“So,” my boyfriend said, climbing into the taxi, gloved hands clutched around a plastic cup of wine (I’d made him leave a Chanukah party before he was ready), “should we circumcise the little bastard?”
He was referring to our soon-to-be-born child, gender still unknown, who will be half-Jewish (though not recognized as Jewish by some religious thinkers, since his/her mother isn’t Jewish). My boyfriend, being the Jewish one, though not religious, is in more turmoil over the circumcision situation than I am. I, never having had a foreskin, can’t imagine what life would be like either with or without it. Besides, I was too full of latkes to really consider the issue.
“Of course you should do it,” cooed one relative, also not Jewish. “He’ll be so much better in bed.” I’m not well read in scripture, but I’m pretty sure that’s not the reason the practice was first introduced. Opening the topic up over lunch led to some interesting first-hand accounts of circumcision and divided opinions from the foreskin owners.
Beyond their religious, cultural and medical justifications, do practices like circumcision (one that is perhaps, in the predominantly secular environment I inhabit, seen as extreme and a form of mutilation) give a sense of identity and belonging? Is a certain amount of conformity necessary to feel part of a community? It’s hard for me to know—the only ritual we performed as children at Christmas in recognition of it being a religious event was going to a drafty church in the village with our mum and sticking cocktail sticks loaded with cheap penny sweets into underripe oranges. Perhaps this is one of the reasons I’ve tended towards a nomadic and agnostic existence. At this point, I’ve distilled “home” down to a clutter of the same five or so objects and photographs I’ve moved from place to place for the last ten years.
Our soon-to-be-born sprog, incidentally, due on Christmas Day (I’ve always liked to think of myself as a Mary-type figure) is a prime candidate for cultural confusion: it’ll be a mix of Iraqi, Polish, Israeli, Sri Lankan and British. The cultural confusion in our families on both sides has already been passed down several generations—from a displaced Scotsman, two Sri Lankan Burghers who grew up under British Colonial rule, a Baghdad-born Jew, two Polish Holocaust survivors and another grandfather who is not even sure himself where he originally came from, but the likely answer is (what was then) Czechoslovakia. They all settled in places they weren’t born and ended up speaking languages that were not their mother tongue. At what point does someone’s culture “of origin” reset? If countries and culture are really only constructs, as Yuval Noah Harari would have it, how do we figure out where we belong?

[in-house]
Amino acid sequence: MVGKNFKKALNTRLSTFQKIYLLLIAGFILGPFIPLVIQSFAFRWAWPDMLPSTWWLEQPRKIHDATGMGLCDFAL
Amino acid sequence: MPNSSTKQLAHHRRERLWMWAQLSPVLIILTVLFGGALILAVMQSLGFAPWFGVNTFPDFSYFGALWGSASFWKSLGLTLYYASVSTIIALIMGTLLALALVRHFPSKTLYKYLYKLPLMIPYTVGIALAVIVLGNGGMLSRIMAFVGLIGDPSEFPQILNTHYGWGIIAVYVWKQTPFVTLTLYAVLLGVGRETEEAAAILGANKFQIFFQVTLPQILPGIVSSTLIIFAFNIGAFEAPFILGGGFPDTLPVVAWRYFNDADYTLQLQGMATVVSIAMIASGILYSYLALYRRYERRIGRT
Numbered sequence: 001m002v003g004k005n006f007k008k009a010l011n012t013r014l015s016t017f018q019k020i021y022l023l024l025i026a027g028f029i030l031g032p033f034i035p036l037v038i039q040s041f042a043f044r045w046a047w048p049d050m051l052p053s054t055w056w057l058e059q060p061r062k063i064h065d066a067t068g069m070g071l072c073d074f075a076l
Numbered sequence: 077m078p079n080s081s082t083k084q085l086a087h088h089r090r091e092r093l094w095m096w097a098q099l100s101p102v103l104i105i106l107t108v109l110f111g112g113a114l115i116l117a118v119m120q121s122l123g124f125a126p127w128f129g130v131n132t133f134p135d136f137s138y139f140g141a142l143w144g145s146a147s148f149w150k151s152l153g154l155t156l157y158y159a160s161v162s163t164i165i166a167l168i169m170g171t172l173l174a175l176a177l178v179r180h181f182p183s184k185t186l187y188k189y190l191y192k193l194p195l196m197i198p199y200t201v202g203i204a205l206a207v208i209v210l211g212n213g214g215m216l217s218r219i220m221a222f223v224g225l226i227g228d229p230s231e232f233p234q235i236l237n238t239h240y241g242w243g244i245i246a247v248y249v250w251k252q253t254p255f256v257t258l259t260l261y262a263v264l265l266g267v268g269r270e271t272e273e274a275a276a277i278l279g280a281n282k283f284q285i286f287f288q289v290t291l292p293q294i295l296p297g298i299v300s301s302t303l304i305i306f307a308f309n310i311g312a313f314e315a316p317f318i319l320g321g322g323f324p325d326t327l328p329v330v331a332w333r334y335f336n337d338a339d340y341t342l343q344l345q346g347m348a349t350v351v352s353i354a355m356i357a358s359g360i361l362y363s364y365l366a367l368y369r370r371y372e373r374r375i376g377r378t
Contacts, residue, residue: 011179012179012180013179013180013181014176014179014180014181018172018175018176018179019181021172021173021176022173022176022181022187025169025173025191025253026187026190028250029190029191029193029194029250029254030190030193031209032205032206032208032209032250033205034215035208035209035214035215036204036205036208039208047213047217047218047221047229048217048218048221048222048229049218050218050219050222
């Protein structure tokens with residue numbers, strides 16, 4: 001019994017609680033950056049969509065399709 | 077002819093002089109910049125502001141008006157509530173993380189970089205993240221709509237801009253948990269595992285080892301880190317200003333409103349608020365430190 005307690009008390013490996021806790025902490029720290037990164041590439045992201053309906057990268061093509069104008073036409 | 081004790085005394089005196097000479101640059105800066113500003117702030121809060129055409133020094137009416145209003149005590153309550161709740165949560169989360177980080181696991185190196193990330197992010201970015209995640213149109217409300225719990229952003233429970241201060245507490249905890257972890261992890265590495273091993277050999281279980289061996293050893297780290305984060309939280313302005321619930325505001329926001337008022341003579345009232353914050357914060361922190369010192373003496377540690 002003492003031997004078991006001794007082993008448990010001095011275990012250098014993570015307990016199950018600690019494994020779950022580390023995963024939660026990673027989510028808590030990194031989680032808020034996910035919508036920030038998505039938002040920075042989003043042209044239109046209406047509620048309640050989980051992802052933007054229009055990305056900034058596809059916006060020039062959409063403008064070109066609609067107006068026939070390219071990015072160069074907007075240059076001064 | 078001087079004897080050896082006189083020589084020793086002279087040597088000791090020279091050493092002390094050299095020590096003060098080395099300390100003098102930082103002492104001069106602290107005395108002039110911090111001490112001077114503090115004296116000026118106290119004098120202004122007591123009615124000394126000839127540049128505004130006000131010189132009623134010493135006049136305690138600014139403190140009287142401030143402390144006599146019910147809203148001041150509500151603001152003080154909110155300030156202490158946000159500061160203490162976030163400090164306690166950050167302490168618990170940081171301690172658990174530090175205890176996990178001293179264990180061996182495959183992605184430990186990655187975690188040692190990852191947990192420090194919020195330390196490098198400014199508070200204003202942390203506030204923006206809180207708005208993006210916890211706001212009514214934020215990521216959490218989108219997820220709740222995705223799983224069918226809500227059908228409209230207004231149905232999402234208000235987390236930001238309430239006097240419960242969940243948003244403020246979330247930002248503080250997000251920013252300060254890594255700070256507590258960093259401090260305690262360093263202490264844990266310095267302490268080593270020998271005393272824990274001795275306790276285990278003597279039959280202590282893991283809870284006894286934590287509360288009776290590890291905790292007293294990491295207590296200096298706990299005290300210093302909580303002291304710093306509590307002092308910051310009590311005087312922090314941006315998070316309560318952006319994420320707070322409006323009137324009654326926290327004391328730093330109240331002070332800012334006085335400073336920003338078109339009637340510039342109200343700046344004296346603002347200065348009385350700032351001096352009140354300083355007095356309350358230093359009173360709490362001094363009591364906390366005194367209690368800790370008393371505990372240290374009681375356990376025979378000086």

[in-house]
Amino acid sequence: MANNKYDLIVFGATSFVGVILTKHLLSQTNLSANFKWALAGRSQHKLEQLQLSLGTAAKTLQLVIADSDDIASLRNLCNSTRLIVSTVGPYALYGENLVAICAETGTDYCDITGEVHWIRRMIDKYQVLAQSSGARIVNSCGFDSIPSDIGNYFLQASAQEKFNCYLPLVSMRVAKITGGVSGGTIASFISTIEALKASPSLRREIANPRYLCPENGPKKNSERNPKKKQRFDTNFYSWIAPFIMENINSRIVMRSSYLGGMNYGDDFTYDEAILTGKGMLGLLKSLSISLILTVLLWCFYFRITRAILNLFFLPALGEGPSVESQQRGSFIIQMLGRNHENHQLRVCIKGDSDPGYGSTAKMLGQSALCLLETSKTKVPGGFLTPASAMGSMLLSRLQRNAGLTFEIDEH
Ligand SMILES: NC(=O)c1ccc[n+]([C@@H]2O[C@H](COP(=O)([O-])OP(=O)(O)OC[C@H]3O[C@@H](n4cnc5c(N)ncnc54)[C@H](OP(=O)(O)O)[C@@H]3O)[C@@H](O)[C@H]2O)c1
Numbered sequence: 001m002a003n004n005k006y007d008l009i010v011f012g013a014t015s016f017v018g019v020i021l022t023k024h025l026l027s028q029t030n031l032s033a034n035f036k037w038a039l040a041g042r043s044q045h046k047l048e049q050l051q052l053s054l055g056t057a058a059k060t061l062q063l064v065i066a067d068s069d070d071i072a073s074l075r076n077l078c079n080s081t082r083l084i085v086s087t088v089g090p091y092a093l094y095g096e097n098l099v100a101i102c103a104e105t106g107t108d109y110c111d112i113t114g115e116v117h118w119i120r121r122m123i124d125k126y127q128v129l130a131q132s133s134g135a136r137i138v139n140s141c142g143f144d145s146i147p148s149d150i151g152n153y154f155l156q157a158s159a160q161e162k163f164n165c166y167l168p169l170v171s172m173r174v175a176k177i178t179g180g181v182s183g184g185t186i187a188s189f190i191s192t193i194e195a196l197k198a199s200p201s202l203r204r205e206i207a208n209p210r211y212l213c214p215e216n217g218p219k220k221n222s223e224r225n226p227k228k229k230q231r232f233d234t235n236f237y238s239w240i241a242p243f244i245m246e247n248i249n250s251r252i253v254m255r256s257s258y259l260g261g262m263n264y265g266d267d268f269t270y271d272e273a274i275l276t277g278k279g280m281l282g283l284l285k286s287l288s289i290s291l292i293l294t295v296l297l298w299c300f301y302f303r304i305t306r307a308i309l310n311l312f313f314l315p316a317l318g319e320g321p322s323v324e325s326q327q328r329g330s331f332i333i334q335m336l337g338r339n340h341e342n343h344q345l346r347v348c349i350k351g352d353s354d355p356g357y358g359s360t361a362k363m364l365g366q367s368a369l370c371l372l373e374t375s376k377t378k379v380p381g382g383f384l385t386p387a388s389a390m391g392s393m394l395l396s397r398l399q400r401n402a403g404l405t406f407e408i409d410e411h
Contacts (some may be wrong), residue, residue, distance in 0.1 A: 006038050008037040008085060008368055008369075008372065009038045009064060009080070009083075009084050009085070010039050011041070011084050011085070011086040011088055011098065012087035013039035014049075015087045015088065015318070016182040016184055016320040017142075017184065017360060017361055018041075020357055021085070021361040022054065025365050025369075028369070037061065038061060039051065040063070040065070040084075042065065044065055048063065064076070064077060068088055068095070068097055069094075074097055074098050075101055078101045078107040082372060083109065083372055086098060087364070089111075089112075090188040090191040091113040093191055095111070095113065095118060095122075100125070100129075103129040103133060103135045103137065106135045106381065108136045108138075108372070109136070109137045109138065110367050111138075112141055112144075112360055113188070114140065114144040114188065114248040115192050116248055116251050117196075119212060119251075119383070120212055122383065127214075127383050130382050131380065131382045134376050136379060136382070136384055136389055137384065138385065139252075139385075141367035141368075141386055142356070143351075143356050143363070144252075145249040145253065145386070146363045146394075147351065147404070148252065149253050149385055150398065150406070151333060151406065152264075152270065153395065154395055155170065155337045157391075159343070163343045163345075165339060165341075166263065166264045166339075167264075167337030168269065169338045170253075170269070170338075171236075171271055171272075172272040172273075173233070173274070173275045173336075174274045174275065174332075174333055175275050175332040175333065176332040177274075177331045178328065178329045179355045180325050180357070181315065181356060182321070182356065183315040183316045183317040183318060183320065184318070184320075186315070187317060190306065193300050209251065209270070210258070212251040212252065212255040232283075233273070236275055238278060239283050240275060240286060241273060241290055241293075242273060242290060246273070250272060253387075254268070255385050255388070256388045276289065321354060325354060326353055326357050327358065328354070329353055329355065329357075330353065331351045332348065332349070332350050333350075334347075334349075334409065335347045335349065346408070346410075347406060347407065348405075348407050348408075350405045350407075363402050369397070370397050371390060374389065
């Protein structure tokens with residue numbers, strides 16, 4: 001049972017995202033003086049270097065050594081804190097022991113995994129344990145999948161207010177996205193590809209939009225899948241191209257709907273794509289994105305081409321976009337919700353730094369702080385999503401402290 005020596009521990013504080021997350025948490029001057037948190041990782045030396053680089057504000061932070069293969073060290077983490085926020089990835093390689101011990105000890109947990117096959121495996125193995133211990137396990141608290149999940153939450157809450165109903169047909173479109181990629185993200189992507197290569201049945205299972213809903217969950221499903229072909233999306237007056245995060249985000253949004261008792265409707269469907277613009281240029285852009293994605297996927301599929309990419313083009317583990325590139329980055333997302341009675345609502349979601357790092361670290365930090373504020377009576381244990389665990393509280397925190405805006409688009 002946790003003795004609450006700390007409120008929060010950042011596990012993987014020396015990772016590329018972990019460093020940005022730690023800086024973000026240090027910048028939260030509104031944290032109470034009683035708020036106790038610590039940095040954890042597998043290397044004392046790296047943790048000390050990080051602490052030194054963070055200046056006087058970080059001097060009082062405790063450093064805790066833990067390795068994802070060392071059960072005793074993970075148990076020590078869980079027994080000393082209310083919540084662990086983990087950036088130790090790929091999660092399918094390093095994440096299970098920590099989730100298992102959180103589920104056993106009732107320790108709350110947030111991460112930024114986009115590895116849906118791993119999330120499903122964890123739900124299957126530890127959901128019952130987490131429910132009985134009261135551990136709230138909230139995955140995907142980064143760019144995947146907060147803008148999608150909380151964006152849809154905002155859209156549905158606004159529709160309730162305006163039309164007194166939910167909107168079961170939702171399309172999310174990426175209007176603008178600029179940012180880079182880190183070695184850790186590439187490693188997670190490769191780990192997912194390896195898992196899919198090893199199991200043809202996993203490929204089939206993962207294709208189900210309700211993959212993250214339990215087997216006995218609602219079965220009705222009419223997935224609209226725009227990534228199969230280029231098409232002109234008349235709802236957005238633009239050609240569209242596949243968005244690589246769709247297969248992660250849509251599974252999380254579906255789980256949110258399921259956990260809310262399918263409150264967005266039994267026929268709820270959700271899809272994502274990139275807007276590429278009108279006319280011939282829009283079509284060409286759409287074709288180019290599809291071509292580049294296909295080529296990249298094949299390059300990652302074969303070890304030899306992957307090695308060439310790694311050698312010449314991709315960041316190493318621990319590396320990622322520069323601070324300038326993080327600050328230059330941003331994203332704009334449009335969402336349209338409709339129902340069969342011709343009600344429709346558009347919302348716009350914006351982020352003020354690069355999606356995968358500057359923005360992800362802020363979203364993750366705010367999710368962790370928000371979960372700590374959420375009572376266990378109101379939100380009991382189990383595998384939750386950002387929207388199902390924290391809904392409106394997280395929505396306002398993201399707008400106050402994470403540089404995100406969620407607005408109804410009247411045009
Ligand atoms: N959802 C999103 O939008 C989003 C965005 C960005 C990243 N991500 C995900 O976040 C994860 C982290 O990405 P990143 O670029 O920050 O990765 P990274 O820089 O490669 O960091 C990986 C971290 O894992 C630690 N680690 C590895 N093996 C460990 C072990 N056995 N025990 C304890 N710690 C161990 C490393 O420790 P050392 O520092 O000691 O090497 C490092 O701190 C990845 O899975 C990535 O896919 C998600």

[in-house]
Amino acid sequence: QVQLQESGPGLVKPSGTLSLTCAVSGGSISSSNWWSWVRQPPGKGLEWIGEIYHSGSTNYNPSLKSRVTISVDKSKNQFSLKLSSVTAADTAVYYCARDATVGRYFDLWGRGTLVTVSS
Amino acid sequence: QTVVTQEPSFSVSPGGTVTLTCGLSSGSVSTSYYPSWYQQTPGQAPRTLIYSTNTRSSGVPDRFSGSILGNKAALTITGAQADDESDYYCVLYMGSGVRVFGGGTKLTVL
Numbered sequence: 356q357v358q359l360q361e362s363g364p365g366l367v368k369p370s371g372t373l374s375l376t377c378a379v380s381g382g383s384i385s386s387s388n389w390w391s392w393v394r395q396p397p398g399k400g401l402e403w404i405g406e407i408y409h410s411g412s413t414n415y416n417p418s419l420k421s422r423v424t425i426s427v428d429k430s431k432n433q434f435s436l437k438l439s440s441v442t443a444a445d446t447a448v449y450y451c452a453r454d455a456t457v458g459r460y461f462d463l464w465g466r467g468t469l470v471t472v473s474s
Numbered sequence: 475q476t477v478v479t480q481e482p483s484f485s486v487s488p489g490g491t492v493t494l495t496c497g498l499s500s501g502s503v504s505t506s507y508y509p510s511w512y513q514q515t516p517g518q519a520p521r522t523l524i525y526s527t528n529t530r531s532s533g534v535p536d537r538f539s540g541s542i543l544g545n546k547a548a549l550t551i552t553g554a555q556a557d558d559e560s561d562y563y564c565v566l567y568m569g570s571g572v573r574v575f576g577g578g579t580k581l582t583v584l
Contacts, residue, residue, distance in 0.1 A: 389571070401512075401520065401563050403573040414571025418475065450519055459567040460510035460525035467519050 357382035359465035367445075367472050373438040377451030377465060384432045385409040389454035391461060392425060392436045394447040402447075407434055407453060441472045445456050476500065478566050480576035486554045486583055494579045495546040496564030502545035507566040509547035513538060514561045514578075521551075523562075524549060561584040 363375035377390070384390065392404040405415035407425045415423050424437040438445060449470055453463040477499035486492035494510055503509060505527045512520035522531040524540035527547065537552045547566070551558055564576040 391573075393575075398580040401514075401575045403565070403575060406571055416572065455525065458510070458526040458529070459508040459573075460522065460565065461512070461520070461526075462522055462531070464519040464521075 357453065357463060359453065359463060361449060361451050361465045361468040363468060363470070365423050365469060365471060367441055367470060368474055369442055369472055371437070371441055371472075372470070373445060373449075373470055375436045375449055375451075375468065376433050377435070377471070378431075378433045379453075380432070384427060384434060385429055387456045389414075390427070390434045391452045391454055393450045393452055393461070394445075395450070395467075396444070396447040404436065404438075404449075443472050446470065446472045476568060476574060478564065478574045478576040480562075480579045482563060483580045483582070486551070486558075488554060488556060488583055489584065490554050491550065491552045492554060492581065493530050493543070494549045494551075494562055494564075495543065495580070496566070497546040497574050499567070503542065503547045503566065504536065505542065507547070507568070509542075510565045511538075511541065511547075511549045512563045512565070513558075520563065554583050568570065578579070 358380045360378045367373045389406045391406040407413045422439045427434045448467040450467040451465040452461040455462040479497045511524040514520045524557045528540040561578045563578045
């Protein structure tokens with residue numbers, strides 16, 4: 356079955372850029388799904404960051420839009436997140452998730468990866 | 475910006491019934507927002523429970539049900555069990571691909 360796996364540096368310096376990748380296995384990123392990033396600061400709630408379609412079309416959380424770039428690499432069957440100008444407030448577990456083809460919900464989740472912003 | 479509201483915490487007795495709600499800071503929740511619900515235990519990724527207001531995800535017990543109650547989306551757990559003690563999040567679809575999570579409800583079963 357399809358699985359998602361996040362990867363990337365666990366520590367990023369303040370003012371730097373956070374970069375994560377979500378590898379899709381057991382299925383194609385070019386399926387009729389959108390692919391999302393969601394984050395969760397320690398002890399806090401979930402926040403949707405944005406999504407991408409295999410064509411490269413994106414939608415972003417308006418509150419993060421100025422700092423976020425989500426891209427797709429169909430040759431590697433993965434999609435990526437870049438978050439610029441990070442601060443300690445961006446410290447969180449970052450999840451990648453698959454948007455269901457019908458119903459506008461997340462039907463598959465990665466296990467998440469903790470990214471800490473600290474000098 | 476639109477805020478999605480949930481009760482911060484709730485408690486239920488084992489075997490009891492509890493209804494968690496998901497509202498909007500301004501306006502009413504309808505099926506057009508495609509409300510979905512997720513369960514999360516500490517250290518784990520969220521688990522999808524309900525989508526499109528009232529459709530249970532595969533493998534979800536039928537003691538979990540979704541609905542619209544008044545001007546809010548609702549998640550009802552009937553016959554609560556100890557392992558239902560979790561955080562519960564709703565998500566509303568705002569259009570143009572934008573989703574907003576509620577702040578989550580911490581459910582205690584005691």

Ai Weiwei’s heart-wrenching new film, Human Flow, seems to ask this question—as well as a myriad of other overwhelming, more urgent ones—as a way to confront the crux of the current migration crisis. As the film points out, when someone is displaced from their country they usually don’t return for more than twenty-five years, but many do go back. Two and a half decades, a whole generation, is not enough to leave a life behind. Ai’s film—taking in migration forced by climate change in Bangladesh and Africa by politics in the Middle East, Myanmar, Pakistan, overwhelming masses often filmed from above, though far from uplifting—does touch on the nature of home. What humans can do is to rebuild, through our sense of love and empathy.
Of course, there’s a huge difference between being displaced by choice or by force, but the results can be equally disorienting. The Turner Prize-winning artist Lubaina Himid has said that much of her work is motivated by an alter ego, a version of herself who stayed in Zanzibar where she was born, and who she imagines making traditional kangas. Himid left Zanzibar when she only a few months old and has never returned. The longing for a homeland—or the idea of one—can often never been assuaged, and when it has been wrenched away or when there is no option of returning it can cause deep internal conflict. The exiled American/Iranian filmmaker Shirin Neshat has spoken of this feeling—a profound attachment to her birthplace, yet it being a country she cannot visit, let alone live in and make her work in. Looking for connections, between bodies and landscapes, through music, people and spaces, is something that clearly permeates much of her work.
For the Palestinian director Elia Suleiman, meanwhile, being rootless can be beneficial. “The more you become something towards the perfect stranger—making every place somewhere you can potentially call home—this nomadic existence serves something, something that becomes a privilege, despite the fact this lack of rootedness is not easy to handle and can sometimes be quite tiresome. The benefit is you are never looking from a static position, you are shifting all the time—the chances of you holding onto an authoritative or ideological point of view is reduced. You become so many others that you stop being somebody who practices policies of exclusion and inclusion.”
We haven’t reached a conclusion about circumcision—besides, it might turn out to be a girl. As we enjoy our very last days as two, transporting this Christmas-Chanukah baby around in its first, tailor-made home, so much is unknown, and a lot, undoubtedly, will be decided by what we encounter together as a family. My main hope is that when the child does arrive it will be healthy and happy and that eventually, it will find itself through that love, empathy and openness that will help it adapt to the world, whatever state it’s in by the time it’s grown. As the wonderful Octavia Butler once wrote:
“Yet every child
Is cast from paradise—
Into growth and new community,
Into vast, ongoing